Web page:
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8th May 2021

Anti-racism campaigners slam Finnish colour-coded ID cards

European anti-racism campaigners have criticised moves by Finnish authorities to colour-code the country's ID cards, with bright blue cards for native-born citizens and brown cards for all foreign nationals, calling the new scheme "legalised ethnic profiling".

The scheme, to go into effect from 1 June, aims to make it easier for border guards and police to distinguish individuals. Colour-coding existed previously, with the two cards a light blue and light pink respectively, but, according to the National Police, it was not easy for authorities to make the distinction. Minors are also now to be given purple ID cards.

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While the blue cards used by adult Finns can also be employed as a travel document throughout the EU and Nordic countries instead of a passport, the brown, foreigner card may not.

Although within the EU identity cards meeting a European standard can also be used by European citizens as a travel document in place of a passport, the European Commission said on Tuesday that there is nothing it can do about the matter as the issuance of ID cards remains a national responsibility.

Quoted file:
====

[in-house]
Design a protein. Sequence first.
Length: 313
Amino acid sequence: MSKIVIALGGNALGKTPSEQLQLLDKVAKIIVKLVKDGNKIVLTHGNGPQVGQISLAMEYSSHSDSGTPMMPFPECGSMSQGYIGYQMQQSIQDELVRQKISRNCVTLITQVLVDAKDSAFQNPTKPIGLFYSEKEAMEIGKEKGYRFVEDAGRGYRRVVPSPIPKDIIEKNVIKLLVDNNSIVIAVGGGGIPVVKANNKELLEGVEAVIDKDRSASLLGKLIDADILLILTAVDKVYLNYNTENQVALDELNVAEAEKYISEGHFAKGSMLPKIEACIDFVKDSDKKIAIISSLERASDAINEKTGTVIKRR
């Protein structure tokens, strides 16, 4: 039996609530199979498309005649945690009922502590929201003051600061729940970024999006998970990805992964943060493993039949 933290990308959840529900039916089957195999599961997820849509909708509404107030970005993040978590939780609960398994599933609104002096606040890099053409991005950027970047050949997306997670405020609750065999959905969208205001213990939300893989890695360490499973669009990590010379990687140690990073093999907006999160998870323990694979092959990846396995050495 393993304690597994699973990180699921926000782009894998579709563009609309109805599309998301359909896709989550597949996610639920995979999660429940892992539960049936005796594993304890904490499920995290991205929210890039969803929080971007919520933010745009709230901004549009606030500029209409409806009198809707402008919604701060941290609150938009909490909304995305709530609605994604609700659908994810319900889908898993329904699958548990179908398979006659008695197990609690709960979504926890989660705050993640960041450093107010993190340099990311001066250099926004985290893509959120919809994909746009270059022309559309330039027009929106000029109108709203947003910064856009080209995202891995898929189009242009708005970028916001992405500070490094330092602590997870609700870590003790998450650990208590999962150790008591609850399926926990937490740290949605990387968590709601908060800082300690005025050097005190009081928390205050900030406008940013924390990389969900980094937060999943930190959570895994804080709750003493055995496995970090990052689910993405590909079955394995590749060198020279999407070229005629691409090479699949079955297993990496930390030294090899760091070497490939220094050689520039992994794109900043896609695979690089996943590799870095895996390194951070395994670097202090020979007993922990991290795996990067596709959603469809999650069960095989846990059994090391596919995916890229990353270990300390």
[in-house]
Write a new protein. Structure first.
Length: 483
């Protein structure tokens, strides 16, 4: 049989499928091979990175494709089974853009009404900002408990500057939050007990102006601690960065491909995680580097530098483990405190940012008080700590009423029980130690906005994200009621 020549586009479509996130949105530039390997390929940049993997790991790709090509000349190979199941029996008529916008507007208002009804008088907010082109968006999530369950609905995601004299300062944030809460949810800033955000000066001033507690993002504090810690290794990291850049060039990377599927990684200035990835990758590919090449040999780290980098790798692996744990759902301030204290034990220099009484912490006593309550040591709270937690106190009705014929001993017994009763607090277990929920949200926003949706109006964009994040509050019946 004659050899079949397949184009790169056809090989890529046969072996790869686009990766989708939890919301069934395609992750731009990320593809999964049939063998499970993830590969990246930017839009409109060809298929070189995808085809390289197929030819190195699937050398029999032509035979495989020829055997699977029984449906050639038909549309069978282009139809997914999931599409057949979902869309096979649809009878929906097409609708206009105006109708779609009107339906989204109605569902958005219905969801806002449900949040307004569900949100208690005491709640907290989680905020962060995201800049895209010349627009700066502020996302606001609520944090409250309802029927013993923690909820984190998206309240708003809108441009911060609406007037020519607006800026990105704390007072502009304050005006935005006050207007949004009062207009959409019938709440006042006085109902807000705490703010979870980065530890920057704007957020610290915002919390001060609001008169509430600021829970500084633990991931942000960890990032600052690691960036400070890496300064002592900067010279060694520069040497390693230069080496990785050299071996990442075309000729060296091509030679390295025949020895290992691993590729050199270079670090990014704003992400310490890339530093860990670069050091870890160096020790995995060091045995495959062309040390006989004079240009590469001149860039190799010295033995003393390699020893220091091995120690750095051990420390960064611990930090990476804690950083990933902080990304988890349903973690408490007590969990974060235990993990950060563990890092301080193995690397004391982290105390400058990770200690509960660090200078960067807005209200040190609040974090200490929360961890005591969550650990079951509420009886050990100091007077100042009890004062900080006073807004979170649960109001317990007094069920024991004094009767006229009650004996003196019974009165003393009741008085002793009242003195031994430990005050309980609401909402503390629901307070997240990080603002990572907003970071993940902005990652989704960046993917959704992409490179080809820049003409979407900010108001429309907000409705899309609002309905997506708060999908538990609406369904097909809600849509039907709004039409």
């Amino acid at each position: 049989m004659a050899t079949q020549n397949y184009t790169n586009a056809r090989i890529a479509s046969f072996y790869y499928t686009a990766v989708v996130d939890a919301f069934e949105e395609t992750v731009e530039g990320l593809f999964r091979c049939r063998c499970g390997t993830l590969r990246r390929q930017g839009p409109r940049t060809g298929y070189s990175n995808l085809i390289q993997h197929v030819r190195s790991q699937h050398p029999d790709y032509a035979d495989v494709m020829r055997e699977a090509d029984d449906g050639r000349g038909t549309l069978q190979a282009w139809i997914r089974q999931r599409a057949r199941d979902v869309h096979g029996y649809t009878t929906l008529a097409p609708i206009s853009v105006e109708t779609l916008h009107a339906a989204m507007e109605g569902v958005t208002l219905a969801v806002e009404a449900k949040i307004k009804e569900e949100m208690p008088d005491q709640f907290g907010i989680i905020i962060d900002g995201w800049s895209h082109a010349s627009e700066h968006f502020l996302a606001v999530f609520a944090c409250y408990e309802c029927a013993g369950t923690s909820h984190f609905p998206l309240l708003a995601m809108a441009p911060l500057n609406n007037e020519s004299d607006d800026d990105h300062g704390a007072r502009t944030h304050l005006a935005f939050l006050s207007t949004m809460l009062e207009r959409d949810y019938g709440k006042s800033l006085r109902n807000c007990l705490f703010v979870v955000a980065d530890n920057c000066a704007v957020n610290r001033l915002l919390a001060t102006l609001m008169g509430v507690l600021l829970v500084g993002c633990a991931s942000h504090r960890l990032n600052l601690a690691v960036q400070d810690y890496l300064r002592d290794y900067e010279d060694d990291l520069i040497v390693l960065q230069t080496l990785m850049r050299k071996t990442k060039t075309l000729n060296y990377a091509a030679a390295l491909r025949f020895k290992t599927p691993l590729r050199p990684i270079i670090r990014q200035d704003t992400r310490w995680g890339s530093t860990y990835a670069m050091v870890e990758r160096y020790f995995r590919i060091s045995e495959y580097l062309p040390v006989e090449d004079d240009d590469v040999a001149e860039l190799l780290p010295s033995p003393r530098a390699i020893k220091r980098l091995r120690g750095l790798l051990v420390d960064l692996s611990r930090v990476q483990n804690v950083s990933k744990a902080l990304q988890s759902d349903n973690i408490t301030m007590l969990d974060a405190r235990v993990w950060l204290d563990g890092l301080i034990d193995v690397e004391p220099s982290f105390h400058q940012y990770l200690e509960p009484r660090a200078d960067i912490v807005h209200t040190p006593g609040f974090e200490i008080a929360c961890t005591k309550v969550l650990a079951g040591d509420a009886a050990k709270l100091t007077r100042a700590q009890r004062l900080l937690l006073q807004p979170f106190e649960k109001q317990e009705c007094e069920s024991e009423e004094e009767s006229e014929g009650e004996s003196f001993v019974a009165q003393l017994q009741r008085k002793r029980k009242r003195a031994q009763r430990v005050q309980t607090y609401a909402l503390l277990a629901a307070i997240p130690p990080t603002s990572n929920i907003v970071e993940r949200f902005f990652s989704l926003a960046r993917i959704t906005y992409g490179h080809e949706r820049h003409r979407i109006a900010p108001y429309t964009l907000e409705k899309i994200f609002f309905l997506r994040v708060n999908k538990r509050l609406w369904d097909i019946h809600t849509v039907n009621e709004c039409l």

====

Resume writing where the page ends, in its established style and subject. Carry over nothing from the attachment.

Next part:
"We have no competence over ID cards. Anything to with passports, ID, how individuals are assessed to be citizens - it's all left up to the member states," EU justice spokesman Matthew Newman told EUobserver.

While ID cards are not mandatory in Finland, anti-racist NGOs say that the scheme could deliver "legalised ethnic profiling".

"Would blue be referring to the stereotypical eye colour of Finns and brown to the skin colour of foreigners? While there are so many colours available, such a choice definitely raises questions," Michael Privot, the director of the Brussels-based European Network Against Racism, a pan-European alliance of NGOs, told this website.

"More seriously, we question the argument put forward by the Finnish government with regard to the fact that different colour ID cards would ease control work," he continued.

"Would this be a subtle attempt to legalise ethnic profiling by transferring facial identification to ID card colour identification?"

ID cards are widely used for for other purposes, such as opening a bank account, age checks when buying tobacco or entering a nightclub.

"This will probably raise unexpected discrimination in other areas of life such as access to services: people will have to show their brown ID card when they might not want to make their foreigner status known," Privot said.

"Discrimination can also happen on the basis of your ID's colour and a simple glimpse at one's ID is often the starting point for unacceptable differential treatment."

As a result of the development, the group is calling for a complete EU-wide ban on "differentiating documents on the basis of legal status through the use of colour codes or any other implicit or symbolic means."

Ismo Parviainen, of the Finnish National Police Board, rejected the idea that there was anything untoward in the new scheme.

"This was part of the new card tendering and we wanted colours that were more distinct. We wanted to make the colours easier for police, to make it easier to remember and to distinguish what is not a travel document," he said.

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